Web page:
The Meroe Visitor Center will be the gateway to the archaeological sites of the UNESCO World Heritage Site of the Island of Meroe and to the archaeological heritage of ancient Sudan. Tourists arriving at Meroe, Musawwarat, or Naga will be given the information they will need to appreciate and understand this World Heritage Site, which is now rarely visited, as well as the nearby communities, and the surrounding environment that is dominated by the Nile River.
Between the mid-3rd century BCE and the mid-4th century CE, the Island of Meroe region was the center of power of the Kingdom of Kush, an important polity that had arisen in ancient Sudan during the 8th century BCE. The Kingdom had political and economic ties with the vast African continent to the south, with the Mediterranean World, and with Egypt, the Ancient Near East, and the Far East.
The UNESCO World Heritage Site of the Island of Meroe is comprised of three distinct areas: the capital city of Meroe (which itself consists of an ancient town with temples, palaces, and necropoleis with scores of pyramids) and the settlements and religious centers at Musawwarat es-Sufra and Naga situated away from the Nile.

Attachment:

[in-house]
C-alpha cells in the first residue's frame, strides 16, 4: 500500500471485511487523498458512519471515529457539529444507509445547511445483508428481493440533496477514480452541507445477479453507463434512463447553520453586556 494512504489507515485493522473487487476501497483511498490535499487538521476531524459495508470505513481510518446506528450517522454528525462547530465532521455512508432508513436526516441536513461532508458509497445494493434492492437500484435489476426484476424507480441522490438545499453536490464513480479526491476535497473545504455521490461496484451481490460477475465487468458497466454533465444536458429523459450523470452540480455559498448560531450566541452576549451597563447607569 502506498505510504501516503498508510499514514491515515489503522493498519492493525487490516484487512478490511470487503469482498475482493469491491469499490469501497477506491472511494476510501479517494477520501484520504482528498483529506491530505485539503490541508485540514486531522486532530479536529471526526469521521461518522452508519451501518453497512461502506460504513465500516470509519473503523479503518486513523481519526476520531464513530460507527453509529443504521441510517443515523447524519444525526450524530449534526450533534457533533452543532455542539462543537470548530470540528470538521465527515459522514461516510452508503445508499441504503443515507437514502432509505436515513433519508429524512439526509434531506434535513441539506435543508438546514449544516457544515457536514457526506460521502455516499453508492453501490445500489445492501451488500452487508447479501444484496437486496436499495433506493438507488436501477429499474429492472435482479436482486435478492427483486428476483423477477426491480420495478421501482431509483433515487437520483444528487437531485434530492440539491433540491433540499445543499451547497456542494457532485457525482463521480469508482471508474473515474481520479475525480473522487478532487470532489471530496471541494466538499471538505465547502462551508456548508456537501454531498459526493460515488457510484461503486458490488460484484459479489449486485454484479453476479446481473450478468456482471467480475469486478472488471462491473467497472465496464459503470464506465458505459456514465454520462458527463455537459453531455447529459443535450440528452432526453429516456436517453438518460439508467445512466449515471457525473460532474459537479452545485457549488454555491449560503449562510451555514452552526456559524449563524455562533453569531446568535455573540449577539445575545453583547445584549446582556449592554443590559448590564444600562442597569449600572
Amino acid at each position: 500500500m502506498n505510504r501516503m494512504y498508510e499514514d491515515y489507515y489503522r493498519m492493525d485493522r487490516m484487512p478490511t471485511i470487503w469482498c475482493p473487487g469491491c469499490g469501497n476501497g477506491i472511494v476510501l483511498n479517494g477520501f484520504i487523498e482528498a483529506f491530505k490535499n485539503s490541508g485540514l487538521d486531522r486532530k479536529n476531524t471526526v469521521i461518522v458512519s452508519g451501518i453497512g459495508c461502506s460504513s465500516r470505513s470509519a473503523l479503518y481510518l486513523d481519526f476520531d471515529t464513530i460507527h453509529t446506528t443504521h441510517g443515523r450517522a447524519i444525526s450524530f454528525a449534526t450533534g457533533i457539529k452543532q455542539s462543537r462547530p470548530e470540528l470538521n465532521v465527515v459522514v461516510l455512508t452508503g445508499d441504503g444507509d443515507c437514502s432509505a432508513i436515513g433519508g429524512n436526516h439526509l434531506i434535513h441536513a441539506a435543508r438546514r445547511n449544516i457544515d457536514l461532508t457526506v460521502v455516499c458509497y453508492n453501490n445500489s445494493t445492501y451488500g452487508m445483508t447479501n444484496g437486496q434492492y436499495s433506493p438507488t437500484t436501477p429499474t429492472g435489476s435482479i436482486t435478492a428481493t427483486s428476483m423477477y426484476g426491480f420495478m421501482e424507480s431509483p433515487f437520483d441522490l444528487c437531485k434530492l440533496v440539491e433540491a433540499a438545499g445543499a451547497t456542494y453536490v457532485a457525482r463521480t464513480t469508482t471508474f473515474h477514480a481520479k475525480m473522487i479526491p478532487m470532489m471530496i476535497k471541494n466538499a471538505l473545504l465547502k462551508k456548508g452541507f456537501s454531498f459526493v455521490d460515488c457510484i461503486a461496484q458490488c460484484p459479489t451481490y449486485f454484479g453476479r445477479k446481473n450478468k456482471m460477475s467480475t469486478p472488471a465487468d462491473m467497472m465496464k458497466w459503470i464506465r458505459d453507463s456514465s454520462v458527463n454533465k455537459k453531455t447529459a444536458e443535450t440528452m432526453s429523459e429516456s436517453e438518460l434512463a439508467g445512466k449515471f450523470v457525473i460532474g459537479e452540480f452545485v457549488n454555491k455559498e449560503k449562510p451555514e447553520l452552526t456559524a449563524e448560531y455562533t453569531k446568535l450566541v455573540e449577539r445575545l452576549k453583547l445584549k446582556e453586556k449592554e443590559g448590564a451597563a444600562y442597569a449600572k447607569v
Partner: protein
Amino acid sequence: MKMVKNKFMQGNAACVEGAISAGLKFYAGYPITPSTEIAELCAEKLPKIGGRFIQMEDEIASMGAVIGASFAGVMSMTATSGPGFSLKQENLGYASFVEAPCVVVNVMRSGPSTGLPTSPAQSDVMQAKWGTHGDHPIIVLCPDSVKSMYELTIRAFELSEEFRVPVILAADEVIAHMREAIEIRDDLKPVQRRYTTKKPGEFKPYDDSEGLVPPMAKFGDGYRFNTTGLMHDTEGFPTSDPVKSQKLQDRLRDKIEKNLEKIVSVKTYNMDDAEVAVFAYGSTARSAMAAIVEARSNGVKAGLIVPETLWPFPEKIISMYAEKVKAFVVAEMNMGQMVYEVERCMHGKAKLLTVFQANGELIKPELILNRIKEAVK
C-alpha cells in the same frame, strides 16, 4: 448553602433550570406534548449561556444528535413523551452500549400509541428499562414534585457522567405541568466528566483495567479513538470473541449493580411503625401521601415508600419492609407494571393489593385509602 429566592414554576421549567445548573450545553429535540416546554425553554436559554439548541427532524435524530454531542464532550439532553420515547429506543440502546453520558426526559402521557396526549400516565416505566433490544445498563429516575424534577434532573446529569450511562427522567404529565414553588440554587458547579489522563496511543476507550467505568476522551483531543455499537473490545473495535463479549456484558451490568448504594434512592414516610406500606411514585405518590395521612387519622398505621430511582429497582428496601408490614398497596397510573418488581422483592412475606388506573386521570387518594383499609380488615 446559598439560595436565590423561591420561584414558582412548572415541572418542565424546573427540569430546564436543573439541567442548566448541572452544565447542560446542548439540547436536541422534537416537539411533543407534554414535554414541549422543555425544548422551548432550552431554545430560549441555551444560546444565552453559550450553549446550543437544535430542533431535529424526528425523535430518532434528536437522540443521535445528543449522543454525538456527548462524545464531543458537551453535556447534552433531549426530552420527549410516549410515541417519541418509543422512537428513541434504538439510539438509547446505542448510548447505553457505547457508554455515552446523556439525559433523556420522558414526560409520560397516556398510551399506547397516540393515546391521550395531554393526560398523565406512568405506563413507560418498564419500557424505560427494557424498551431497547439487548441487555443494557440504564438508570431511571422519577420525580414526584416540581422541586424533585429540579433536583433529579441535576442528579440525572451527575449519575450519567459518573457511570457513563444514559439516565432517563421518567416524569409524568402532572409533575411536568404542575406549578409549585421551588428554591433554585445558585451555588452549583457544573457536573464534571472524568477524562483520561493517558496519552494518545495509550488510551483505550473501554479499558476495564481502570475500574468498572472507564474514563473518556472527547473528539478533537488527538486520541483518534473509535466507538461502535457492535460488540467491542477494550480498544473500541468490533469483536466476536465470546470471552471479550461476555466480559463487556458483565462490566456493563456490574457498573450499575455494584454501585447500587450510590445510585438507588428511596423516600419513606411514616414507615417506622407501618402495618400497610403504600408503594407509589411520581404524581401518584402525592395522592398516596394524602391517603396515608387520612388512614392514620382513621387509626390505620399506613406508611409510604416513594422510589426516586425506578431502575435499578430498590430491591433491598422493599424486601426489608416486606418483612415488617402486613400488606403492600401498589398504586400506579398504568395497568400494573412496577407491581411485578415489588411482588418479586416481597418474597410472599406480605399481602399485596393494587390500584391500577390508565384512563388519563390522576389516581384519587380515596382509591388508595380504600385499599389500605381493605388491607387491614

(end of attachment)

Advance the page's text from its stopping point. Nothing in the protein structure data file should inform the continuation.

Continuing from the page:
In addition to providing information about the three settlements of the Island of Meroe, the Visitor Center will also contain interpretive panels about other important Sudanese sites such as Hamadab, Abu Erteila, Berber, Dangeil, Wad Ben Naga, Mouweis, and Awlib.
The Meroe Visitor Center is supported by the Qatar-Sudan Archaeological Project (QSAP) and by the National Corporation for Antiquities and Museums (NCAM). Interpretive panels are being created by an international team comprised of scholars, heritage managers, and stakeholders based in Sudan, Germany, and in the United States, in coordination with the German Embassy and the United States Embassy in Sudan.
The Visitor Center is scheduled to open in the Fall of 2018.